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kenya safari january 2024

  • Kenya in January

Africa's best authentic tailor-made safaris

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By Matthys van Aswegen

Safari Travel Planner

January tends to fall in Kenya’s wet season in the broader sense of the term (November to May). It lies outside of the two notable ‘long’ and ‘short’ rain periods, which means that you can expect much less rain with stunning landscapes, albeit unpredictable at times. Potential showers are generally quite short and occur in the afternoon, so they won’t affect your safari.

Rain in Kenyas rainy season

Nairobi and the central highlands are hot by day, cool by night, and receive moderate rain. Mombasa and the coast are scorching by day, rather hot at night, and receive little rainfall.

The Rift Valley and western interior are hot by day, cool at night, and receive very little rainfall.

  • January is a good time for beach holidays on the Kenyan coast, though daytime temperatures can get very high. This is an excellent time to visit the Mara because January is when it experiences one of its driest spells, with only around five days of rain.
  • Game viewing in most Kenya safari destinations is good in January. Birdlife is boosted by a variety of intra-African and Palaearctic migrants.
  • For divers and snorkelers, January is probably the best month to see larger marine creatures such as whale sharks, manta rays, and various sharks, dolphins, and turtles.
  • Being relatively warm and dry, January is one of the best months for climbing Mount Kenya.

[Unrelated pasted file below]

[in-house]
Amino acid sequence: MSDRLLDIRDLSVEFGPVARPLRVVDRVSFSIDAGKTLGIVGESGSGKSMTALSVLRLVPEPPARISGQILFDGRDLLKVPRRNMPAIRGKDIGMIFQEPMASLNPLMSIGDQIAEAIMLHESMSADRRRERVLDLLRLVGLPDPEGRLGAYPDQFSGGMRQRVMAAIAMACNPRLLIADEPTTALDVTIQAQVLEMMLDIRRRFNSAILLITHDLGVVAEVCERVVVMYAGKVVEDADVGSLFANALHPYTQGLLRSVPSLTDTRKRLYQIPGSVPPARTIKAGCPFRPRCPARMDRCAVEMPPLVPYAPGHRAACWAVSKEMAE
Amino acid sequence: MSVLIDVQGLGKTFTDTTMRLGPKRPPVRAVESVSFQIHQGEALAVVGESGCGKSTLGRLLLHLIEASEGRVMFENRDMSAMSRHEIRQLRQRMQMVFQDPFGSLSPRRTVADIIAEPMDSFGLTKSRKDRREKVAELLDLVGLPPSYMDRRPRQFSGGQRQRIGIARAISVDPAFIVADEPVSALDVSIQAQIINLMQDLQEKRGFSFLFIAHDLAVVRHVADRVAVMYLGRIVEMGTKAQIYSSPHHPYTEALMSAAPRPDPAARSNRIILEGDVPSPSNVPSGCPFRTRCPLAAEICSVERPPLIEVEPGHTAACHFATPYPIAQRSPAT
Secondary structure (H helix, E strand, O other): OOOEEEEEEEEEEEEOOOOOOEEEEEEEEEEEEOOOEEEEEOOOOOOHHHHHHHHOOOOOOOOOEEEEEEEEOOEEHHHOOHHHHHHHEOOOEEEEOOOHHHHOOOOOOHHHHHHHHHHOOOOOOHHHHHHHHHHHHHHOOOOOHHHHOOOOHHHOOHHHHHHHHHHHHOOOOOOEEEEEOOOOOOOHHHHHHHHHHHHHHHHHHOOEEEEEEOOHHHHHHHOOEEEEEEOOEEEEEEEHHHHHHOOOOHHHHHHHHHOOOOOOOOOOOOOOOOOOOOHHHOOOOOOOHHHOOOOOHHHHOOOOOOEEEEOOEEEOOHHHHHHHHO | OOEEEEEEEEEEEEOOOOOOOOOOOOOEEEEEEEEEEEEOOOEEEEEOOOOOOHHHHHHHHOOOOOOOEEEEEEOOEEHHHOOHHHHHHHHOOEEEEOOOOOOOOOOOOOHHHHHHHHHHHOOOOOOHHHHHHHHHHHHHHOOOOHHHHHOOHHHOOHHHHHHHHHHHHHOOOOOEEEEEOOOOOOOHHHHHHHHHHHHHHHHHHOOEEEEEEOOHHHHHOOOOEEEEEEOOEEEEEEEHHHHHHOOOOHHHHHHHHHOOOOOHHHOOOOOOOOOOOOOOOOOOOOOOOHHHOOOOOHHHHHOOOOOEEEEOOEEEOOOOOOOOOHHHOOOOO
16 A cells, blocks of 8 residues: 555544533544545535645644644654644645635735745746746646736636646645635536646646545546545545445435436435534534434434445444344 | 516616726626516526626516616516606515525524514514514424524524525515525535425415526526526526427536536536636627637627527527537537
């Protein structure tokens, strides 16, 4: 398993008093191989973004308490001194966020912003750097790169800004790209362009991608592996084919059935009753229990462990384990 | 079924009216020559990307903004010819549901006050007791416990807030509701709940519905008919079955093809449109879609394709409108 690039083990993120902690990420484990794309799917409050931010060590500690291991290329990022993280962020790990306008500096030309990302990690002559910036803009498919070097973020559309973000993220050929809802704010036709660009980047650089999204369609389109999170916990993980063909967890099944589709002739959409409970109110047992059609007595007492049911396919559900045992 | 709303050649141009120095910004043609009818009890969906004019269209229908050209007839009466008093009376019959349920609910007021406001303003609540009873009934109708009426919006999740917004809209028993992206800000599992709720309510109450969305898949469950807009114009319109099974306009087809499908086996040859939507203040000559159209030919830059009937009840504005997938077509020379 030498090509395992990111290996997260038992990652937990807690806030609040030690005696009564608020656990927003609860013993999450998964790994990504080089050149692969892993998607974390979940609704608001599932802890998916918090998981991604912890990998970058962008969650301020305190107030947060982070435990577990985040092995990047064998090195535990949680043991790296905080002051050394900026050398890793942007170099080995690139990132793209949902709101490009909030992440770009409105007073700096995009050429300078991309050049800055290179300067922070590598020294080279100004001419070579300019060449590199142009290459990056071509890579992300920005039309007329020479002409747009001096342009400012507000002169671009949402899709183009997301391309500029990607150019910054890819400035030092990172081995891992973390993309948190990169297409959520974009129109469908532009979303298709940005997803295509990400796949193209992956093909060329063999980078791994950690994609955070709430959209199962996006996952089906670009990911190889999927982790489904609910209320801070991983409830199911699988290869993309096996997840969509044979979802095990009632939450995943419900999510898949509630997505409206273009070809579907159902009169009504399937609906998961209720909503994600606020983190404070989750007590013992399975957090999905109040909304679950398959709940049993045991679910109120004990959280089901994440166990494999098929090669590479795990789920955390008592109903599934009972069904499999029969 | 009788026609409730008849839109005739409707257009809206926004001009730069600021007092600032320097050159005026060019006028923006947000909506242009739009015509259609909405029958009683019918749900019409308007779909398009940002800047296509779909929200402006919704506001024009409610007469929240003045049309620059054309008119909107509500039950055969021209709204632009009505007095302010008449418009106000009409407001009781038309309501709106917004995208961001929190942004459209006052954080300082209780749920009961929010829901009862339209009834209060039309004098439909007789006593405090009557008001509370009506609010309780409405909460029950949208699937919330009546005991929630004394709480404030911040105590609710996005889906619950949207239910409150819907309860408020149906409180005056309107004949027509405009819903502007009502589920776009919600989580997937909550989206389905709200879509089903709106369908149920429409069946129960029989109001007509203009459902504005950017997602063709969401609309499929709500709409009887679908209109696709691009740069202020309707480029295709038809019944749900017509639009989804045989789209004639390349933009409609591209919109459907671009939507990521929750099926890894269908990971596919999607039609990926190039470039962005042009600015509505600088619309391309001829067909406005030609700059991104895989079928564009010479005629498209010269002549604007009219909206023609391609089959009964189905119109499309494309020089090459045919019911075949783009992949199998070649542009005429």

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With over 20 years of experience, our team will help you tailor your itinerary to your perfect adventure., 24/7 support, personalized, popular kenya safaris, these recommended tours for kenya can be tailor-made to match your budget..

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From $ 19690 /USD

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Migration in the Mara and Gorilla Trekking

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East Africa Kenya Maasai Mara Tanzania Safaris Serengeti

From $ 11850 /USD

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East Africa Great National Parks

East Africa Kenya Maasai Mara Tanzania Safaris Lake Victoria Serengeti

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Affordable Masai Mara Safari

East Africa Kenya Maasai Mara

From $ 3050 /USD

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Samburu, Rhinos and Mara Safari

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From $ 5880 /USD

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Enchanted Kenyan Safari

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Murielle Vegezzi, Destination Expert

Free safari planning advice from destination experts

  • Kenya in February
  • Kenya in March
  • Kenya in April
  • Kenya in May
  • Kenya in June
  • Kenya in July
  • Kenya in August
  • Kenya in September
  • Kenya in October
  • Kenya in November
  • Kenya in December
  • Amboseli National Park
  • Laikipia Plateau
  • Masai Mara National Reserve
  • Mombasa and Surrounds
  • Mount Kenya and Aberdares
  • Northwest Safari Circuit
  • Rift Valley Lakes
  • Samburu Springs and Mount Meru National Park
  • Southern Safari Circuit in Kenya
  • The Coastal Belt
  • Tsavo East and West
  • Watamu and Malinda
  • Camel Safaris
  • Walking safaris – short walks, 2 – 3 hours
  • A Relaxed Safari Holiday in Kenya
  • Adventure Holidays in Kenya
  • An Active Holiday in Kenya
  • Beach and Bush Safari Holidays in Kenya
  • Big Five Safari Holidays in Kenya
  • Birding Safari Holidays in Kenya
  • Foodie Holidays in Kenya
  • Kenya Honeymoon Safari
  • Kenya Photographic Safari
  • Malaria Free Holidays in Kenya